Feds nix Oracle blanket contract

Summary:The Feds pull the trigger on nixing Oracle contracts. It will cost Oracle dearly.

Last year Oracle agreed to settle with the General Services Administration (GSA) to the tune of $199 million in a reputation damaging case which saw Oracle accused of overcharging some government agencies. Today, we hear that as of May 17th, Oracle's GSA IT Schedule 70 contract is being terminated. To put that into perspective, last year, the government is reported to have spent some $388 million with Oracle.

Schedule 70 deals are effectively blanket purchase orders that allow federal agencies to buy pretty much anything they need from approved companies supplying IT services. The loss of this contract goes further than simply putting a block on future orders. According to Informatinon Week:

Mary Davie, assistant commissioner of the Federal Acquisition Service's Office of Information Technology Services, said in a statement only that the Oracle contract "was not in the best interest of the government."

... Due to the cancellation, agencies won't be able to exercise options on existing task orders or place new orders after May 17, and blanket purchase agreements for Oracle services made under Schedule 70 will be terminated.

Quite what this means in practice remains to be seen. It would be highly unusual for ongoing software solution implementations to be ripped yet that seems to be at least one implication from what the government is (or is rather not) saying.

In recent times, the Feds have been more disposed to favorably considering open source alternatives to proprietary software although this would likely have little impact on business applications - at least in the short term.

Neither party is commenting beyond what has already been said but it will almost certainly mean Oracle will need to go back to the negotiating table for unfulfilled contracts. In the meantime, government buyers can be sure that Oracle sales people will be all over them to maximise spend in the run up to Oracle's year end, which falls 31st May. The Feds can also be sure that Oracle will send in its audit crews, keen to wring out the most they possibly can from whatever is left on the table.

Of course this will not prevent Oracle from collecting maintenance fees on those contracts where the government continues to use Oracle hardware and software. Even so, losing such a lucrative contract is bound to cause ripples among customers.

I have long held the view that Oracle is shaping up for a fall as it continues to both squeeze and alienate its customers through predatory pricing and sales tactics. While the loss of $388 million will hardly be noticed in a business turning over north of $37 billion, the repercussions may be felt more widely. Not that Oracle will worry any time soon.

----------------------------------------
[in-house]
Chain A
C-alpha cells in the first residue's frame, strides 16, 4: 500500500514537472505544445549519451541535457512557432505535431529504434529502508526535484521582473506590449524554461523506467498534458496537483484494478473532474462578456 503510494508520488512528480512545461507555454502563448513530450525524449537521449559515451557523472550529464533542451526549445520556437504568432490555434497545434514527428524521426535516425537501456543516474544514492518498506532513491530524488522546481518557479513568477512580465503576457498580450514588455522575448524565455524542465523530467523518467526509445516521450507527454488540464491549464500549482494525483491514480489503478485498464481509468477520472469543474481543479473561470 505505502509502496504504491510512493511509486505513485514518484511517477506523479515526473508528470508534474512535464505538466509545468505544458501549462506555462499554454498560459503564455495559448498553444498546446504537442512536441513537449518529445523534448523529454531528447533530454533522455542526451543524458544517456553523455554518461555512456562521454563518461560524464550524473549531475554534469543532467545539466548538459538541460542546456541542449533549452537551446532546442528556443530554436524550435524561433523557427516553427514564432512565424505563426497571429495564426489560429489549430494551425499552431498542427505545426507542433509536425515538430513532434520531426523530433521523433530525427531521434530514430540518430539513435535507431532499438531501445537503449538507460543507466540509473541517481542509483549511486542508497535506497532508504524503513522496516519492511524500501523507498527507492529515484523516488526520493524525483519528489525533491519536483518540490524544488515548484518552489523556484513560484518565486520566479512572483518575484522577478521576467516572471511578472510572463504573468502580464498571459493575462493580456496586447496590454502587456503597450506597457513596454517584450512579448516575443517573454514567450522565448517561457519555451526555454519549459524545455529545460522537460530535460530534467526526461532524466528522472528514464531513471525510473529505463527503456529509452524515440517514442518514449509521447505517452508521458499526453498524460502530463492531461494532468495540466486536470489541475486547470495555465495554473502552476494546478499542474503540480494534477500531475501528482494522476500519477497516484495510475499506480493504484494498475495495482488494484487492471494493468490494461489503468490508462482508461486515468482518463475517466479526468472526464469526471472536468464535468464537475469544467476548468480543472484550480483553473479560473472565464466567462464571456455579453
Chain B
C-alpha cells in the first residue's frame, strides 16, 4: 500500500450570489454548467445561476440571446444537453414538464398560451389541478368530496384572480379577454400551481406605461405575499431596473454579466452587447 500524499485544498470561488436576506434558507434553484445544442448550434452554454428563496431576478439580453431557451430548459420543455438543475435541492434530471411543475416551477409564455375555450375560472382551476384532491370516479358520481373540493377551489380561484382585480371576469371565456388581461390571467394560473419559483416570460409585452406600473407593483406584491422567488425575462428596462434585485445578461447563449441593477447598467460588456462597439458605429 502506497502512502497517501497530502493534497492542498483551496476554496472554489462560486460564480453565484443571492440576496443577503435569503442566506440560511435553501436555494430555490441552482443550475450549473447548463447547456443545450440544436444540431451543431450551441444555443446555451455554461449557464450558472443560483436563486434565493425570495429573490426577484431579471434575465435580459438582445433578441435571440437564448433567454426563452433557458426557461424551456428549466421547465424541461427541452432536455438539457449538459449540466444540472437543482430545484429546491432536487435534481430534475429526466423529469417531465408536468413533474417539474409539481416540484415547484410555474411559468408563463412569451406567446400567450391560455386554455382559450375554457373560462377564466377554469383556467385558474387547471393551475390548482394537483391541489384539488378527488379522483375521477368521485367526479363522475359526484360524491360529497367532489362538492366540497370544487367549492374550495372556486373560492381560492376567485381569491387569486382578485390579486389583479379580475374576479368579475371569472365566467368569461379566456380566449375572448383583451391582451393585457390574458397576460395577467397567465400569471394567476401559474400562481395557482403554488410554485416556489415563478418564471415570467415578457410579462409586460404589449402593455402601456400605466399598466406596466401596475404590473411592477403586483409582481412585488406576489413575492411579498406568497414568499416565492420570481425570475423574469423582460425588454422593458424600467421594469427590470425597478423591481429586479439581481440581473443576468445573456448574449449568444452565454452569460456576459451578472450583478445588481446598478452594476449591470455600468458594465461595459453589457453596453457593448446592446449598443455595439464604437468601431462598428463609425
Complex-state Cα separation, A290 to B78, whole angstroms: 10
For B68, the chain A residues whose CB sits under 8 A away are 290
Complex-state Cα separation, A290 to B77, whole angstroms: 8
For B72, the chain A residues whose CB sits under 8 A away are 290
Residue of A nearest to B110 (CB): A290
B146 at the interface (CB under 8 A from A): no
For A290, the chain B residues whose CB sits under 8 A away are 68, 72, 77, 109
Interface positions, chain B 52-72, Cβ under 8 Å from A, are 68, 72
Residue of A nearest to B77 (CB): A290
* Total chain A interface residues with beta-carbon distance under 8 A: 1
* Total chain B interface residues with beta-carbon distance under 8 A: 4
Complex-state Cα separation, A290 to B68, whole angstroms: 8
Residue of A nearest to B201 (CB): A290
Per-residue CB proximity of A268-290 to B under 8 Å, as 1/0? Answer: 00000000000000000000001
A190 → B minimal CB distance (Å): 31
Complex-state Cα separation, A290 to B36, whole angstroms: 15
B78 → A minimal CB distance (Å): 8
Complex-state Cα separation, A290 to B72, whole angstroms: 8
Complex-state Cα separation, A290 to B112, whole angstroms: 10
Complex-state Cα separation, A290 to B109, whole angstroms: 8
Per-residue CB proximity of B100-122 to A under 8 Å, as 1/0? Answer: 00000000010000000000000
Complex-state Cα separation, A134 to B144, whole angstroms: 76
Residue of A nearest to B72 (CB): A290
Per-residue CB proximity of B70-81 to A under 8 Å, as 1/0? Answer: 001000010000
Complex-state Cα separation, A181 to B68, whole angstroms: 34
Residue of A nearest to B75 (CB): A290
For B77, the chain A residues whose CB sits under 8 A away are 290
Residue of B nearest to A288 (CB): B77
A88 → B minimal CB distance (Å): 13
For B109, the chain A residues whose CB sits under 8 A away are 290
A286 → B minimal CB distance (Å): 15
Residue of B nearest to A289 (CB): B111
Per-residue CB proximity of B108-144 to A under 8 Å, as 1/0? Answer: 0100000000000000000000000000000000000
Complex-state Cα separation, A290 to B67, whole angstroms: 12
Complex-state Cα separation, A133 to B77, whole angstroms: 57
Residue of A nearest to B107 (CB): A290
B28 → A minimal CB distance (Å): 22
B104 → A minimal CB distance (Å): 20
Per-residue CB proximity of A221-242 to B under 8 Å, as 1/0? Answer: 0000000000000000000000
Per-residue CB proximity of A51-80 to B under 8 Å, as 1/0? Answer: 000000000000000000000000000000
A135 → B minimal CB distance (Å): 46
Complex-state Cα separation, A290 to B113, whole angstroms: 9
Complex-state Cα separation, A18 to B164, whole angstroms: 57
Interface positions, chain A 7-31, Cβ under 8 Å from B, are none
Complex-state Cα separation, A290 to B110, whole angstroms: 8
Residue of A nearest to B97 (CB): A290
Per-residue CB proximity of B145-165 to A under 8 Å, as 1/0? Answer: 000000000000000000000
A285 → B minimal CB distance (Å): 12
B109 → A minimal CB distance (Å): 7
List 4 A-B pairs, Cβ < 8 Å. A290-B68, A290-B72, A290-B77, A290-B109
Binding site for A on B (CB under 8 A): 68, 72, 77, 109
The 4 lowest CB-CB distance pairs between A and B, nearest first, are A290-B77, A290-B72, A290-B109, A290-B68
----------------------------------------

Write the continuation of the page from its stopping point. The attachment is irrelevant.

In March, it was reported that Oracle has effectively pulled a Schedule 70 in the UK, persuading UK government that it would make savings through centralised purchasing, bulk buying, a single discount (read government only price list) and shared services.

However, the UK's National Audit Office has been skeptical of these big deals. The Register recently reported that:

The NAO published a report highlighting that a £47m upgrade investment was required from the government to cover the costs of updating Oracle's ERP [enterprise resource planning] systems before November 2013 at three shared service centres.

At present, the Cabinet Office spends around £1.5bn a year on finance, procurement, HR and payroll systems.

The NAO noted in its report that Maude's department would be required to cough up around £50m of transition costs and between £26m and £77m on redeployment, offset by one-off savings of £32m by shunning the Oracle upgrade costs.

One has to wonder the extent to which UK government is watching what's going on in the US and asking itself whether it really has done the best deal it can for citizens. In the US, at least for time being, the answer seems an unequivocal 'no.'

Elsewhere, in a private briefing earlier this week, Rimini Street said that it continues to win large deals for Oracle customers looking to slash their maintenance costs. This follows a blow out Q1 and bullish forecast for the year. Rimini Street now claims a sales backlog of $450 million.

Topics: Oracle

About

Dennis Howlett has been providing comment and analysis on enterprise software since 1991 in a variety of European trade and professional journals including CFO Magazine, The Economist and Information Week. Today, apart from being a full time blogger on innovation for professional services organisations, he is a founding member of Enterpri... Full Bio

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